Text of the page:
At first, everyone was excited to get to the summit 9,300 feet above sea level. The beginning of the hike was on a dirt trail and was actually hot. We didn’t hit snow until 8,000 feet.
At that point, all that was going through my head was “right foot, left foot, right foot.” This was worse than hiking the 700-foot-tall Reaper at recruit training. West Coast Marines always brag about the Reaper. Now I, along with the 2/7 Marines, can brag about Bridgeport.
After the 8,000-foot mark, the trail, a combination of mud and ice, held the potential for a fall with each step.
Thankfully, we switched to snow shoes. The shoes’ rugged teeth gripped the slick surface beneath us. All we had to worry about was making it to the top of Summit Meadows.
Once there, I spent the night with Golf Company before transferring to Fox Company at Grouse Meadows.
Company F had developed an intricate system of trenches between their tent areas and was able to move faster through the deep snow. Their defensive positions were set behind a tree line. When I first arrived, it took me a minute before I spotted a tent hiding behind the towering trees.
On my first day with Company F, I went out to see a medical evacuation. In the middle of the untouched snow stood a helicopter with “Army” emblazoned on its side. A crowd of Marines surrounded it.
The soldiers gave a quick rundown of the procedures before letting the Marines do it themselves.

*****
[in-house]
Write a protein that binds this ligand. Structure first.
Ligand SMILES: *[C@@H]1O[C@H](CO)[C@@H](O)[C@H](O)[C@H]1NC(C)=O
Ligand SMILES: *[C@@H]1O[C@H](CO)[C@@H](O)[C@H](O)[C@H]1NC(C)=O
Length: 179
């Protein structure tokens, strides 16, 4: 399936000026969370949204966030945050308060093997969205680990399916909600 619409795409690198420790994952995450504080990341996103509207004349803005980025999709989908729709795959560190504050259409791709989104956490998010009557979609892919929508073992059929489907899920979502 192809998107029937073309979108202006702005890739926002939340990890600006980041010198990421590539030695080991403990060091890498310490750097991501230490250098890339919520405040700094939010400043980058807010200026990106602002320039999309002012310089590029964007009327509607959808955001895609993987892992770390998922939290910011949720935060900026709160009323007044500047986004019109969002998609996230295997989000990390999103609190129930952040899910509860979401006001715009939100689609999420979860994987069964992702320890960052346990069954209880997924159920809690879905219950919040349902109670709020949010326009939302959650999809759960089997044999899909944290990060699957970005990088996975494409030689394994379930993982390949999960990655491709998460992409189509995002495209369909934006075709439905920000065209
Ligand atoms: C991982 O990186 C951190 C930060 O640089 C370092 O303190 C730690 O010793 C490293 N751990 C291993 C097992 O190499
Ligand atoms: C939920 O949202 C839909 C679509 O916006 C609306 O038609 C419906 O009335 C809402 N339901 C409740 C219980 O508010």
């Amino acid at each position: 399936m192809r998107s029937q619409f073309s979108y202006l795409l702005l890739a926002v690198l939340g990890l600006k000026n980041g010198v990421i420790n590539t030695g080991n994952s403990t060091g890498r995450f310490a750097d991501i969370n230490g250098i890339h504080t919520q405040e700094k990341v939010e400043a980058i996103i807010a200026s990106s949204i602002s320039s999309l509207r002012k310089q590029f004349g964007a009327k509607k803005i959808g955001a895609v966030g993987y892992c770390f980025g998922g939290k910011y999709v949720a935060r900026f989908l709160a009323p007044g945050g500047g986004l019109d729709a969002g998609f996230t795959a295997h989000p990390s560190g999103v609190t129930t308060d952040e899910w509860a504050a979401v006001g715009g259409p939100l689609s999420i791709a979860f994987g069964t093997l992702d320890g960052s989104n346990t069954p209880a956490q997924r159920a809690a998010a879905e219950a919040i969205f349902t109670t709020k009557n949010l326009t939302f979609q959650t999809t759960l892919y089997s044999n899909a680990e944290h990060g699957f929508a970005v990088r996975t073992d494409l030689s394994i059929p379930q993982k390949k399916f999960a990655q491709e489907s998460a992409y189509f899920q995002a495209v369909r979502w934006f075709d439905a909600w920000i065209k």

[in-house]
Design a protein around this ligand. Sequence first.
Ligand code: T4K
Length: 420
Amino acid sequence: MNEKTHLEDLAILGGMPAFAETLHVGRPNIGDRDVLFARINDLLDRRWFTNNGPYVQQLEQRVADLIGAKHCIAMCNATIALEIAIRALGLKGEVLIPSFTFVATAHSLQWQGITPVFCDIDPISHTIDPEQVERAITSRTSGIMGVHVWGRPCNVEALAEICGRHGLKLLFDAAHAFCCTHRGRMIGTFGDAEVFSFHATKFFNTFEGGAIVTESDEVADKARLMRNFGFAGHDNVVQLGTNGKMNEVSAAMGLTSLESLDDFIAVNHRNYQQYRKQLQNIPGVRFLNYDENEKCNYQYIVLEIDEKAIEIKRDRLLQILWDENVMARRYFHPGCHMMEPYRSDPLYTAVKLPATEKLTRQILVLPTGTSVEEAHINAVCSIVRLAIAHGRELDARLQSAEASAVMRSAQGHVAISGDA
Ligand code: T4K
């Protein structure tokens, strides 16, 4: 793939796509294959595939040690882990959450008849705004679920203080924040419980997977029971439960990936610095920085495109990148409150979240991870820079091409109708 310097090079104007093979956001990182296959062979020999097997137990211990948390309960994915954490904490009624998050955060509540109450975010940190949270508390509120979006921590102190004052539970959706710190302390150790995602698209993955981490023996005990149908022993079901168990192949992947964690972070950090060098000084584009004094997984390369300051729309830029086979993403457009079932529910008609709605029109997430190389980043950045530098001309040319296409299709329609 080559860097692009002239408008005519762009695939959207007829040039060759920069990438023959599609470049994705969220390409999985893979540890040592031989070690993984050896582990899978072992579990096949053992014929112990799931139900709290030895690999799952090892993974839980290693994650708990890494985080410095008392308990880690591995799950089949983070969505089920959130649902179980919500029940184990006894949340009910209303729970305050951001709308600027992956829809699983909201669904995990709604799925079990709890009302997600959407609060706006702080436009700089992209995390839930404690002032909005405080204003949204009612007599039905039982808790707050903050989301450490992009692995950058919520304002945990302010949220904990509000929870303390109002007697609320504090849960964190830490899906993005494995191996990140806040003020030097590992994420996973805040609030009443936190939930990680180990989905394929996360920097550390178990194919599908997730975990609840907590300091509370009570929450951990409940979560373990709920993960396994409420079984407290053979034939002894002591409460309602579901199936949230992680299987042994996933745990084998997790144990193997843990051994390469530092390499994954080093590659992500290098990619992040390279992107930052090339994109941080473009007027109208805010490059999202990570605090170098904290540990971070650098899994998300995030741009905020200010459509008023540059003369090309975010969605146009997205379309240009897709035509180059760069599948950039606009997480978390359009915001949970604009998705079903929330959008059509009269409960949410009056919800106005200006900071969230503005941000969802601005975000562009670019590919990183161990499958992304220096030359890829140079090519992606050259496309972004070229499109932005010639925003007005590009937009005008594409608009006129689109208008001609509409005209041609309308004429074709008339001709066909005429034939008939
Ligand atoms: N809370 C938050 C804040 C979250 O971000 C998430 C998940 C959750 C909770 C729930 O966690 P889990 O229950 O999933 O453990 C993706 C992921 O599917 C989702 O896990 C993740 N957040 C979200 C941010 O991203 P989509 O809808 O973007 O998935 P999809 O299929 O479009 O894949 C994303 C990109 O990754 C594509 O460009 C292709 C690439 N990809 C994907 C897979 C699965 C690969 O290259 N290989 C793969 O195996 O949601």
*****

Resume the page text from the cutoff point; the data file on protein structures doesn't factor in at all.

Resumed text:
The helo blasted particles of ice from the ground into my face, making it hard to continue watching as the aircraft lifted off, creating a hurricane of snow beneath it.
Most days were spent skiing and melting snow for water, along with classes on anchoring or avalanche training. Every class was taught in the snow.
Melting snow made us appreciate the abundant supply of water back at Twentynine Palms Marine Corps Base. It took a long time to melt a small amount, and when you did, there were small particles that gave the water a pine flavor.
I tried to get used to the taste, but couldn’t. Looking around, I saw Marines using T-shirts to filter the particles as they poured the boiled water into bottles. The particles were gone, but the taste was still present.
Skiing sounded like fun and I went out thinking it would be easy. I ate snow on a daily basis. I guess it’s faster than trying to melt it.
Always cold, the weather made me hesitant to leave my tent in the mornings. By nightfall, I couldn’t wait to get in my happy suit. There were a couple of hours of warmth in the afternoon, but as it passed, the chill set in.
Four days after arriving at Grouse Meadows, we packed up and headed back to Summit Meadows.
Word from the “lance corporal underground” suggested we would have our tents taken away and would have to make ice shelters. I was convinced I would freeze to death.
Sleeping in the Snow
Before heading for higher ground, we filled in the trenches and holes where our tents sat and packed up our gear.
The hike to Summit was nothing like the trek at the beginning. The entire movement was in the snow and the higher we went, the deeper the snow was. While scaling some of the steeper mountains, I nearly fell down the slope.